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  48. Modesty and the Egalitarian Ethos.S. Stewart Braun - 2017 - In Noell Birondo and S. Stewart Braun (ed.), Virtue's Reasons: New Essays on Virtue, Character, and Reasons. New York: pp. 168-188.
     
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  49.  42
    The Virtue of Modesty.Aaron Ben-Ze'ew - 1993 - American Philosophical Quarterly 30 (3):235 - 246.
  50. The False Modesty of the Identity Theory of Truth.Pascal Engel - 2001 - International Journal of Philosophical Studies 9 (4):441 – 458.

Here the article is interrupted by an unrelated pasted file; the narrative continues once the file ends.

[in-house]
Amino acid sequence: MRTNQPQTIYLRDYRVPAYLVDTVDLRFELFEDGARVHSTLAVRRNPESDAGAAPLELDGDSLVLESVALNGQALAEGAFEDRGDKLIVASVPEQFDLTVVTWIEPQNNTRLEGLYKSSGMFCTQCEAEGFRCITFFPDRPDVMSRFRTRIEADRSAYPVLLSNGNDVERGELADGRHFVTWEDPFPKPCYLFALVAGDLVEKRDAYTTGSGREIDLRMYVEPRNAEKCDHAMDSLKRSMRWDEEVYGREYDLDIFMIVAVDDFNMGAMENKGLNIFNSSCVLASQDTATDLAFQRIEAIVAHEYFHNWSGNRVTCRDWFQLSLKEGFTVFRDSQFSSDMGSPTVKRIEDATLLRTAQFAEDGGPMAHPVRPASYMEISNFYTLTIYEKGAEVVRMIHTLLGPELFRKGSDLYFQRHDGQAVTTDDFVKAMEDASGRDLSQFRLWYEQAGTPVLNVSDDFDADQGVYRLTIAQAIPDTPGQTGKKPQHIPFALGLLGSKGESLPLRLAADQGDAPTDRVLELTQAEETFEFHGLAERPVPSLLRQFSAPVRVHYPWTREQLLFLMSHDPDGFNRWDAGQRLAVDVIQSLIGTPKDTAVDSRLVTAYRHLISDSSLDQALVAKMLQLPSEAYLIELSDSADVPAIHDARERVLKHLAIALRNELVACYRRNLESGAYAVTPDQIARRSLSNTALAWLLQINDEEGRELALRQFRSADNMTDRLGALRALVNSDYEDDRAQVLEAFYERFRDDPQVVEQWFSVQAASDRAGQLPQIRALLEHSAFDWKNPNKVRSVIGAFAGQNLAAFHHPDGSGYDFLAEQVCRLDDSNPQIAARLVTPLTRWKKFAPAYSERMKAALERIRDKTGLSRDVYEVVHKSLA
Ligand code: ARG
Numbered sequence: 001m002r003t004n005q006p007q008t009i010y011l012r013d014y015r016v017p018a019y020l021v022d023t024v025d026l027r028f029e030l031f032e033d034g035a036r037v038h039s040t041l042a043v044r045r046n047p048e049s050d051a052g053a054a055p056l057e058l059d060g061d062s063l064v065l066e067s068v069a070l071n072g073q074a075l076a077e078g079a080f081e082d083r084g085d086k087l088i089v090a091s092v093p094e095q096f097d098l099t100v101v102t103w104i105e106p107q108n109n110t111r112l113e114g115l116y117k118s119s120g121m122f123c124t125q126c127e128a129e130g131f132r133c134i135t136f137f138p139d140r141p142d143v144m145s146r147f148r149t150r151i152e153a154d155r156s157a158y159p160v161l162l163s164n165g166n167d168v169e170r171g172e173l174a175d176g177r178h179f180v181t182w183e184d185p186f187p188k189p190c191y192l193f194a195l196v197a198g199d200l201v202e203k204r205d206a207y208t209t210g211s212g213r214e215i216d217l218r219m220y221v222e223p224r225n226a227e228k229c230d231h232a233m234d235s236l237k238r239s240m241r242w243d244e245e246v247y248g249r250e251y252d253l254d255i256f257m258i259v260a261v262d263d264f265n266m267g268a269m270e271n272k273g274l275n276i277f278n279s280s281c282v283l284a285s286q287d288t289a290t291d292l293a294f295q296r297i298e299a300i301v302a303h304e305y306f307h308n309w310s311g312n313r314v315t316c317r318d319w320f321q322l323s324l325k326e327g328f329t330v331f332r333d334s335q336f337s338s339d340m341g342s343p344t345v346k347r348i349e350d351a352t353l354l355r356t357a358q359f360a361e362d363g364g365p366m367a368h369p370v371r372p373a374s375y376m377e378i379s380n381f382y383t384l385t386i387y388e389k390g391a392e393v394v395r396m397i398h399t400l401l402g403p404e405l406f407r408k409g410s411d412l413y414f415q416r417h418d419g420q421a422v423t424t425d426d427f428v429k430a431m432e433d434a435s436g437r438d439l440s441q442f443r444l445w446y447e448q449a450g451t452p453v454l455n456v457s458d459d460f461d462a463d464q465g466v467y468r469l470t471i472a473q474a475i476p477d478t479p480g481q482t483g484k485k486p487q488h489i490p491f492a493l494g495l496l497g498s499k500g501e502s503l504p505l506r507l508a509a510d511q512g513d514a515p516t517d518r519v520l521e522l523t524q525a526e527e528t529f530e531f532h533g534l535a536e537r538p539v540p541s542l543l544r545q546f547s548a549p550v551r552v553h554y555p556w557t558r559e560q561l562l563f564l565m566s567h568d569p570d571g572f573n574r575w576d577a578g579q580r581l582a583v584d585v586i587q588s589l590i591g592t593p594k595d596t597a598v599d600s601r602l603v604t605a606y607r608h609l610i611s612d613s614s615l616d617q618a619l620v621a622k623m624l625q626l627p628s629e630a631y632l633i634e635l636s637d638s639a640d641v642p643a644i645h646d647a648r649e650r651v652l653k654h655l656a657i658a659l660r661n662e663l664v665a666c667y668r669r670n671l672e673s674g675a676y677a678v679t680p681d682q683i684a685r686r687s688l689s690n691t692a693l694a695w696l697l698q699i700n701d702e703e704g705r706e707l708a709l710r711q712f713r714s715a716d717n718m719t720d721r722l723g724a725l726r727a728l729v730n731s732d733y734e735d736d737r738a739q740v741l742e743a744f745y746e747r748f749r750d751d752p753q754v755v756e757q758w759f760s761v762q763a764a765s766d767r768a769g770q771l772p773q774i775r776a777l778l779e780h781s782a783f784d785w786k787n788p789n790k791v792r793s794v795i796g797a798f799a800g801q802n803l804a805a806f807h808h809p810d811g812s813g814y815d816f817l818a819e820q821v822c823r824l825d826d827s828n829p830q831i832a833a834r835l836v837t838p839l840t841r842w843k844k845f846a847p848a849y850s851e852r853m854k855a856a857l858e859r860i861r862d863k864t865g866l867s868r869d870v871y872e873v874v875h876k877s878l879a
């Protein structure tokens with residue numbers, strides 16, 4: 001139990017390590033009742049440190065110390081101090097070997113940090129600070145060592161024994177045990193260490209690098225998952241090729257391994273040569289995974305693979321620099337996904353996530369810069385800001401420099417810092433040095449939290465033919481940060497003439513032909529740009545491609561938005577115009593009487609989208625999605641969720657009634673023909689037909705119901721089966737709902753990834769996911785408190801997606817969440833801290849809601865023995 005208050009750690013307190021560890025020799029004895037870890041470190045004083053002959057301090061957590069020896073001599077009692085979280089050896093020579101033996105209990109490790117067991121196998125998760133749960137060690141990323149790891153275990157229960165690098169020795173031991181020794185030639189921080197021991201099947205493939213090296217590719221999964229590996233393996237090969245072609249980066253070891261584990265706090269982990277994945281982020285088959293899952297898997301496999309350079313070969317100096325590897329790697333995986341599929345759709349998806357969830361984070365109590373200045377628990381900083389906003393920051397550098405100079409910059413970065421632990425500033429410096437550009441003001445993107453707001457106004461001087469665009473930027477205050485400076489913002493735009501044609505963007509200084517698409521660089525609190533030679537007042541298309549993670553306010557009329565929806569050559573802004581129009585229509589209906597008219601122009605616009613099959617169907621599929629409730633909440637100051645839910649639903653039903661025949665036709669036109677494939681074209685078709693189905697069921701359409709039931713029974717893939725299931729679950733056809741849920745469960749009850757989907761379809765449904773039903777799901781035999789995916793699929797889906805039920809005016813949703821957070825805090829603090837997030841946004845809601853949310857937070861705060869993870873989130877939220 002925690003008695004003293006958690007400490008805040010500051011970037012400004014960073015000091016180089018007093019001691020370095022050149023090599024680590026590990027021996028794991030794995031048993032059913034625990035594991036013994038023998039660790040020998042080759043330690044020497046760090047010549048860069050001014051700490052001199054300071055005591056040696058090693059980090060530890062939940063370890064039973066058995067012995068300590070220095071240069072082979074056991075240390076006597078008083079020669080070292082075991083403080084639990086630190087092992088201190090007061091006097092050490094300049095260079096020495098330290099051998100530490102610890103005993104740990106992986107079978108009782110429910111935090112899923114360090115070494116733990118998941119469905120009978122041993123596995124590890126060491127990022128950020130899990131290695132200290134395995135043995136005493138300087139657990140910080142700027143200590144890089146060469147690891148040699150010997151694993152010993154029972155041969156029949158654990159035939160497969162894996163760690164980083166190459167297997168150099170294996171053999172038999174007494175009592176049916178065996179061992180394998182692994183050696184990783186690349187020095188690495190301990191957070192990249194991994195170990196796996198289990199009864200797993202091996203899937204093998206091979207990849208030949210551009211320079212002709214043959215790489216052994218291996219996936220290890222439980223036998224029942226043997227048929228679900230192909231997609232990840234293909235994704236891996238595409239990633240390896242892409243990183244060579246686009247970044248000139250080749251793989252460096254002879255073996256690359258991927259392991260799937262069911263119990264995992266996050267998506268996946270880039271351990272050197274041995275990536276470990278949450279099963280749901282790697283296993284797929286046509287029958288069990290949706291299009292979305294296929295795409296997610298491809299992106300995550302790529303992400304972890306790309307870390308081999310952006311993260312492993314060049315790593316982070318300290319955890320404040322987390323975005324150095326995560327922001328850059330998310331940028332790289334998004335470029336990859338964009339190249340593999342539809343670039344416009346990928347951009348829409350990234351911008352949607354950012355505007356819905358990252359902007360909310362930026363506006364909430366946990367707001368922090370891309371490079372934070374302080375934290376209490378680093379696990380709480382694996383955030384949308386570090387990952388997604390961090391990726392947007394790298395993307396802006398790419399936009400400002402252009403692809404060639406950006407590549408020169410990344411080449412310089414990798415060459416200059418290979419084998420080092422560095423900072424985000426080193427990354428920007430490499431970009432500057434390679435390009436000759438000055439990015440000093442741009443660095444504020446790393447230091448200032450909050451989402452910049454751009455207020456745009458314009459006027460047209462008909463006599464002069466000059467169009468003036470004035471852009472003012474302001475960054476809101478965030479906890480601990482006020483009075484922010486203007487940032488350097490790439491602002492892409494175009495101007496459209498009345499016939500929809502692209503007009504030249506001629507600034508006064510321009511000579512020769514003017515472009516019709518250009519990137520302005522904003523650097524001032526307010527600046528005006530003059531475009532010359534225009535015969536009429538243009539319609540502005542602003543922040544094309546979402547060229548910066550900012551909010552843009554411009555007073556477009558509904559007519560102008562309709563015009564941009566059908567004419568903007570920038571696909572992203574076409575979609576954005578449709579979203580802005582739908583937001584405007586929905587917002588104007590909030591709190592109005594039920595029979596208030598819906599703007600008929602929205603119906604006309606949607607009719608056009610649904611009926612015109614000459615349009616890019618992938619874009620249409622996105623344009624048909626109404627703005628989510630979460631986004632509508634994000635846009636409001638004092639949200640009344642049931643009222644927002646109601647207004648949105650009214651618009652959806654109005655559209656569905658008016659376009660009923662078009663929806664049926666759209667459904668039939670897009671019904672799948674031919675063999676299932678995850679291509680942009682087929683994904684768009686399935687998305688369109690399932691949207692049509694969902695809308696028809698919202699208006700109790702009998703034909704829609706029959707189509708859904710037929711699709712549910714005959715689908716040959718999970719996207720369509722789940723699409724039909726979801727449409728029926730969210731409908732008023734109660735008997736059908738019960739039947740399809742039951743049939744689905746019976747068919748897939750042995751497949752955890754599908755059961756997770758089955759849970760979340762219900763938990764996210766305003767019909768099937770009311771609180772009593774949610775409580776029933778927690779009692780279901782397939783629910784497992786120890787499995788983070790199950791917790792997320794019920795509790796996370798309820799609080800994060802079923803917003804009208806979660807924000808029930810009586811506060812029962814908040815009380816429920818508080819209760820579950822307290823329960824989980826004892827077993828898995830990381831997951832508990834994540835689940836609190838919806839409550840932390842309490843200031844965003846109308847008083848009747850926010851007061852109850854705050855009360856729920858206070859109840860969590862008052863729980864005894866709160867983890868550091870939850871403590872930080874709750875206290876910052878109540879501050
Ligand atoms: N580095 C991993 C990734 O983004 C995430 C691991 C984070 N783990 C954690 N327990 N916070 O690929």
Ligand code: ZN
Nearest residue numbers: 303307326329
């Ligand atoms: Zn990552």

The identity theory of truth, according to which true thoughts are identical with facts, is very hard to formulate. It oscillates between substantive versions, which are implausible, and a merely truistic version, which is difficult to distinguish from deflationism about truth. This tension is present in the form of identity theory that one can attribute to McDowell from his views on perception, and in the conception defended by Hornsby under that name.